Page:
The community wiki for GLIBC
The official and canonical GLIBC website is http://www.gnu.org/software/libc/
Any Unix-like operating system needs a C library: the library which defines the "system calls" and other basic facilities such as fopen, malloc, printf, exit etc.
The GNU C Library is used as the C library in the GNU systems and most systems with the Linux kernel.
2.1. Project Goals
The GNU C Library is primarily designed to be a portable and high performance C library.
It follows all relevant standards including ISO C11 and POSIX.1-2008. It is also internationalized and has one of the most complete internationalization interfaces known.
2.2. Project Features
- POSIX Threading
A History of Threading in GLIBC (todo) - Describes the GLIBC version history of POSIX NPTL as well as mutex and futex constructs.
- ... and more!
The history of Unix and various standards determine much of the interface of the C library. In general the GNU C library supports the ISO C and POSIX standards. We also try to support the features of popular Unix variants (including BSD and System V) when those do not conflict with the standards. Different compatibility modes (selectable when you compile an application) allow the peaceful coexistence of compatibility support for different varieties of Unix.
2.4. Editing the wiki
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3. Obtaining the Official Source
The "Download" section of the GLIBC website contains instructions on obtaining the official sources for the latest GLIBC release.
You can obtain official tarballs from the standard location, ftp://ftp.gnu.org/gnu/glibc/.
Source snapshots are available from ftp://sourceware.org/pub/glibc/snapshots/.
The working source tree is located in GIT, look here for instructions.
Consult the GLIBC FAQ for common questions and answers.
If you wish to contribute to glibc please post your idea or patch to firstname.lastname@example.org for initial review.
glibc has maintainers for each architecture. Please CC them on any libc-alpha emails related to the architecture of your interest.
Developers with commit access should follow the committer checklist prior to pushing patches to the upstream source code repository.
5.2.1. Developer Resources
- The IRC channel is on Freenode at #glibc.
5.2.2. Standards and Documentation References
5.3. Release management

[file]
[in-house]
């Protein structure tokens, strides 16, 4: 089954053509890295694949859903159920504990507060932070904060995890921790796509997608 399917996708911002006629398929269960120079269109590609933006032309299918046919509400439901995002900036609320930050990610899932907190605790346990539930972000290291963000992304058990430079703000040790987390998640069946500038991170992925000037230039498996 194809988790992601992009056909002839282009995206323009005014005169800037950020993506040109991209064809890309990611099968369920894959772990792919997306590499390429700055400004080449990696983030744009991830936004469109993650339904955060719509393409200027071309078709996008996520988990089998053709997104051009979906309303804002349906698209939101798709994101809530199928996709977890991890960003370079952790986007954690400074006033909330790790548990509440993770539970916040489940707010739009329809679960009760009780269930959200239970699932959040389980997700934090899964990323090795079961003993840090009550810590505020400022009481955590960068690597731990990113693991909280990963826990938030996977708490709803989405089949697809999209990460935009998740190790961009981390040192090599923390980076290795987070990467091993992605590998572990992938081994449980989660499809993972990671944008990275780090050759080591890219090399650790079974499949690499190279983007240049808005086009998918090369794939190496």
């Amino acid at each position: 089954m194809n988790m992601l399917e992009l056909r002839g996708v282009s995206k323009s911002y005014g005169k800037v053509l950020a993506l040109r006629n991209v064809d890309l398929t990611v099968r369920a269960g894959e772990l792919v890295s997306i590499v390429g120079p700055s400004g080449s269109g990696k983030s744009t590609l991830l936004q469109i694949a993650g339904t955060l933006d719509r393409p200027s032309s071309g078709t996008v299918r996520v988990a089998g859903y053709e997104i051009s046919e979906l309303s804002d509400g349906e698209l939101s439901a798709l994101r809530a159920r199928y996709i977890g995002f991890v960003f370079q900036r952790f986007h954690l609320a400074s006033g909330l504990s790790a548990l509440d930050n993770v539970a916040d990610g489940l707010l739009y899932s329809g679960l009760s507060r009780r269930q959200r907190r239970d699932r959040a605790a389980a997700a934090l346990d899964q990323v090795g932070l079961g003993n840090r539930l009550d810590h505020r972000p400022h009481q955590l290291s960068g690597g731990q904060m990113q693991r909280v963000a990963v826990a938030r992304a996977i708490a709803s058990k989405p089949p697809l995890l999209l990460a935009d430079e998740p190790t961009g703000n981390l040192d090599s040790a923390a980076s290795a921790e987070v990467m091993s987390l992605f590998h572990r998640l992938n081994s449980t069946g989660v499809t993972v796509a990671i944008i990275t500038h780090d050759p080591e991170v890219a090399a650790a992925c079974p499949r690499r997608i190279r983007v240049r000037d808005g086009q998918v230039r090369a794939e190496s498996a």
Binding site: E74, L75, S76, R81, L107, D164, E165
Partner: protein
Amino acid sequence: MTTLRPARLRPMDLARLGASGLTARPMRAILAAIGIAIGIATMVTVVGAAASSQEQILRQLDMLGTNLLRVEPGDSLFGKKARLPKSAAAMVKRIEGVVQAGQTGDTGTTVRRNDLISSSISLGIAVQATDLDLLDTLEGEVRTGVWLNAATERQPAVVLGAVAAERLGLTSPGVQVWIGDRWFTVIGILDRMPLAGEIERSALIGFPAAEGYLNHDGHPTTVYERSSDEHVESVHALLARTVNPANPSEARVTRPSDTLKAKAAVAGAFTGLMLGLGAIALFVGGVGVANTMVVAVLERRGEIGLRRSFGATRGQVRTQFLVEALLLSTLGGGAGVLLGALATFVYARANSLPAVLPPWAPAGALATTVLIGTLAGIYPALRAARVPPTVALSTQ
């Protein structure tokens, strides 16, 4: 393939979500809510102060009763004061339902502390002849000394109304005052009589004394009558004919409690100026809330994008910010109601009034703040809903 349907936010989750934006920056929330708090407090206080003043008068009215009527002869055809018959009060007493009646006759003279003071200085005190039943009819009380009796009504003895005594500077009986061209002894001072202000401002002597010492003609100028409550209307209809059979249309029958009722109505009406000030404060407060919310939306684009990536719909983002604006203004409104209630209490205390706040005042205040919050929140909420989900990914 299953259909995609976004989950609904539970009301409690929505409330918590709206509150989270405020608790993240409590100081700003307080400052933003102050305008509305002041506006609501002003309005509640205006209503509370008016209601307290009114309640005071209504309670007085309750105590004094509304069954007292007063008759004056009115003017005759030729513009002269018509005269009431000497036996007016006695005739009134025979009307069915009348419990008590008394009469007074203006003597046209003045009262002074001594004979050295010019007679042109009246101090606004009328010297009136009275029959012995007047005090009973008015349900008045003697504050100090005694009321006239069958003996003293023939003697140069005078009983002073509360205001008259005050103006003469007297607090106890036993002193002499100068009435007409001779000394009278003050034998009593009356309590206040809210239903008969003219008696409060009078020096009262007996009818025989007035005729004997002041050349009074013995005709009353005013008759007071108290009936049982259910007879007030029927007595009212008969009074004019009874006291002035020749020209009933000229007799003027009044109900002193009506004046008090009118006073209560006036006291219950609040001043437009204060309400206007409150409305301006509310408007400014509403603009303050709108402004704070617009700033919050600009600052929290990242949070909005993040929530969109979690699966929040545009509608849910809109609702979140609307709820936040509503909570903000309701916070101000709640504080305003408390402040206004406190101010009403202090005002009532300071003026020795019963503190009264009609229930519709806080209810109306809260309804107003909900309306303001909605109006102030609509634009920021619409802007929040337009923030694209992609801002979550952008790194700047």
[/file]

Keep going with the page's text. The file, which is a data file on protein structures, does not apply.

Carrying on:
5.4. Internals Documentation
Namespace control: __-prefixed symbols
Conditional Code: PIC, SHARED, etc.
AddOns: Working with addon dirs
The glibc community had a BoF session at the GNU Tools Cauldron 2016.
The glibc community had a BoF session at the GNU Tools Cauldron 2015.
5.6. Issue Tracking
We use the sourceware.org Bugzilla instance for bug tracking, sometimes referred to as “swbz”.
Do you want to help with GLIBC? The GLIBC Bug Triage initiative is a great way to get involved.
If you think the GLIBC bugzilla version selection drop-down is missing a version number, please contact libc-help < email@example.com >.
If you think that bugs aren't being fixed fast enough or that new features aren't being implemented fast enough, please take the time to read this email http://sourceware.org/ml/libc-help/2008-08/msg00009.html
5.9. Tips and Tricks
Another recipe for intercepting syscalls and providing your own version of FOO (instructions specifically for Ubuntu Linux systems).
The Plash project has some hints about GLIBC (mainly about build issues).
rtldi can be used to install multiple versions of GLIBC simultaneously (specifically, multiple versions of the dynamic linker, ld.so).
5.9.1. Project TODO
We have one master TODO list. The links below are pages dedicated to specific entries in the master list.
5.10. Project Wishlist by Developer
If you are looking for a GLIBC project this is the place to start.
5.11. Website Maintenance
The current website maintenance procedure is documented here.
5.12. Project Ports
5.12.2. How to Submit a New Port
Section Porting on http://www.gnu.org/software/libc/development.html
We look forward to your feedback! Any feedback or questions related to glibc usage may be sent to firstname.lastname@example.org .